Hyperaesthesia: A Study on Hand injuries

Hyperaesthesia commonly occurs in hand rehabilitation, for patients who have experienced hand injury or surgery. I found one study which was particularly interesting, using a desensitization programme in occupational therapy to treat hyperaesthesia. This paper investigated self-perceived pain/discomfort by using touch, in the sensitive skin area over a six-week desensitization programme to change the perception of the sensation of sensitivity.

There was a total of thirty-nine patients with pain or over-sensitivity near scars from hand injury or surgery who participated in this study. I believe this sample size could have been larger, as this would have given results which could be further generalised to a wider population. The participants were given directions to massage the sensitive skin area three times a day using a piece of texture until numbness occurred, which typically took 2–5 minutes. The textures changed as time went on. Using a questionnaire, sensitivity and pain was assessed using a visual analogue scale. Fortunately, the results revealed major improvements to the area of skin and reports of patient satisfaction with the results. These results highlight just how important it is to pay attention to sensory disturbances and perception changes during rehabilitation.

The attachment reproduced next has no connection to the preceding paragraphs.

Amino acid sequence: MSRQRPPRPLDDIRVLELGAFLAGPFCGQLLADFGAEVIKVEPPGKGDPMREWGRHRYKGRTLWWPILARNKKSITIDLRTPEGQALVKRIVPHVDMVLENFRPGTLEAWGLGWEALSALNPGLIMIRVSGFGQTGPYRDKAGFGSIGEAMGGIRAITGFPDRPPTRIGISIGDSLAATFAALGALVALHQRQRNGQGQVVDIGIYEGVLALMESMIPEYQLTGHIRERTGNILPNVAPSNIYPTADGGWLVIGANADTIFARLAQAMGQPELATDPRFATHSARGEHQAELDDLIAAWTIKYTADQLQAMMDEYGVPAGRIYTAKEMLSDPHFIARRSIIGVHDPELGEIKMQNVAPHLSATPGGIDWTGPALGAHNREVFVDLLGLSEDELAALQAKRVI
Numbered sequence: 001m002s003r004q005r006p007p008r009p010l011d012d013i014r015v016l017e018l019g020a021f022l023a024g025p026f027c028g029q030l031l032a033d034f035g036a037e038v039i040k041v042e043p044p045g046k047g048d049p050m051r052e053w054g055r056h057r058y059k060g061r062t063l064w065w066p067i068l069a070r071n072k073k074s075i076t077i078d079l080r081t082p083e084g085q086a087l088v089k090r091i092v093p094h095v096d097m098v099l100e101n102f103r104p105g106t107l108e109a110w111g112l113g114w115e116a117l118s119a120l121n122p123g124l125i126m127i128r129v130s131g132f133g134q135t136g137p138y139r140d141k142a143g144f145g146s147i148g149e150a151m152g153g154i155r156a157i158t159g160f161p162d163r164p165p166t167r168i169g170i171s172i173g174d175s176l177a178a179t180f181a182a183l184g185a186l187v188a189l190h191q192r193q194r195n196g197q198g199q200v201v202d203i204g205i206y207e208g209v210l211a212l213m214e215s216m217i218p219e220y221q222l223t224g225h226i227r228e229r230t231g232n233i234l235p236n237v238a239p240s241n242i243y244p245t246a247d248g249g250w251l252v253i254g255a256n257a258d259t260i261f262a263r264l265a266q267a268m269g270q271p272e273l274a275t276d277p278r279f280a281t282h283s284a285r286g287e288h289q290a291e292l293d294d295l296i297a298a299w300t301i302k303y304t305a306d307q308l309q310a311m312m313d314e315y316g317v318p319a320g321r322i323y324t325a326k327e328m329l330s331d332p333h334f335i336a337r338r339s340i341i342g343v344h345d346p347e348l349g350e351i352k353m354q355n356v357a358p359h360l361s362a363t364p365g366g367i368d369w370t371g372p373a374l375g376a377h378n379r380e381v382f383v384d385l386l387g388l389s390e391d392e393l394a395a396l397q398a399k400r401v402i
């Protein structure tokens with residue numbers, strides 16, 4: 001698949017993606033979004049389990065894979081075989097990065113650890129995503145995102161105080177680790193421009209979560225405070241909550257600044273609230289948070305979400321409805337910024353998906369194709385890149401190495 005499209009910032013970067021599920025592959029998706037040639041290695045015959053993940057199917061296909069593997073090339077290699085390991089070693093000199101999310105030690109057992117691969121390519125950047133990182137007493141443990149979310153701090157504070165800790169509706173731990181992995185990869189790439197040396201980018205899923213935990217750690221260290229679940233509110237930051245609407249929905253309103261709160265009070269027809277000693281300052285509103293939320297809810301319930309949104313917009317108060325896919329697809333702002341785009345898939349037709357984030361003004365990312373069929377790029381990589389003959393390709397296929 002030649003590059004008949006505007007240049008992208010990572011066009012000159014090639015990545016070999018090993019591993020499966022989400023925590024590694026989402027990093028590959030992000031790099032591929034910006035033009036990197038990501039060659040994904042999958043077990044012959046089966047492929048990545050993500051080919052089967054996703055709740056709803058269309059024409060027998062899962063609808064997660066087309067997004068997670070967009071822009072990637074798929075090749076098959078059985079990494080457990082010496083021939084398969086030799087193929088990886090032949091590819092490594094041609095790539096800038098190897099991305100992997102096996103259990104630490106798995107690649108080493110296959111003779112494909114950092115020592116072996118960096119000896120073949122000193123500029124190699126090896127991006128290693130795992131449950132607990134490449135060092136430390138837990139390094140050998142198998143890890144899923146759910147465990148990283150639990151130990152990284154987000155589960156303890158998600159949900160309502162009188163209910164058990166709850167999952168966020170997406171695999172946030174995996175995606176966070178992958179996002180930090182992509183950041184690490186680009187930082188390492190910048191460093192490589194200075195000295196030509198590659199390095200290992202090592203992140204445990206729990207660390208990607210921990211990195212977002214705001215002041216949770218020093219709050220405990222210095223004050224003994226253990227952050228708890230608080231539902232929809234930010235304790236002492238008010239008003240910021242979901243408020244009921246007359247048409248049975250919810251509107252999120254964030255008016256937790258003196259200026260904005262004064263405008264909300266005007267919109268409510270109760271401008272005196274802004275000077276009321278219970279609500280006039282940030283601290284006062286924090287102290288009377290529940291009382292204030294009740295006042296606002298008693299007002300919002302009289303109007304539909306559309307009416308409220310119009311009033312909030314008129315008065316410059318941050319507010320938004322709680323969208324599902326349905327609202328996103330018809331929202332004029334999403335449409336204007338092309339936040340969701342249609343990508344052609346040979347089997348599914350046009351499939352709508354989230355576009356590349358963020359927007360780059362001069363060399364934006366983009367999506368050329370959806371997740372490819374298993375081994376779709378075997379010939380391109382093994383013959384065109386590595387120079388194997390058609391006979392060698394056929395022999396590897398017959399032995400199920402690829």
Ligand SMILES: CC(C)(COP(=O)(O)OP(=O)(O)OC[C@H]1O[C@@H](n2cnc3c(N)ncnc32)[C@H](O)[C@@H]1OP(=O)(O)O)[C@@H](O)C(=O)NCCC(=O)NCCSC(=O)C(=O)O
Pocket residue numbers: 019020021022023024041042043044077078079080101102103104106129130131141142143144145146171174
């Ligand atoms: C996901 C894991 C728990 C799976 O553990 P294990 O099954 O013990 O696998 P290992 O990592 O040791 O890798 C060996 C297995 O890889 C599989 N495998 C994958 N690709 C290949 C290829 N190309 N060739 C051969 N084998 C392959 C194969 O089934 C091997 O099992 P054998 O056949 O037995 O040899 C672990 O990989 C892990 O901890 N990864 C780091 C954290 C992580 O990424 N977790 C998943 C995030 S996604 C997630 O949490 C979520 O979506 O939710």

With further research like this study, individuals experiencing hyperaesthesia can get the help they need treating their symptoms. To read this paper, please refer to the reference below:

Göransson, I. and Cederlund, R., (2011). A study of the effect of desensitization on hyperaesthesia in the hand and upper extremity after injury or surgery. Hand Therapy16(1), pp.12-18.

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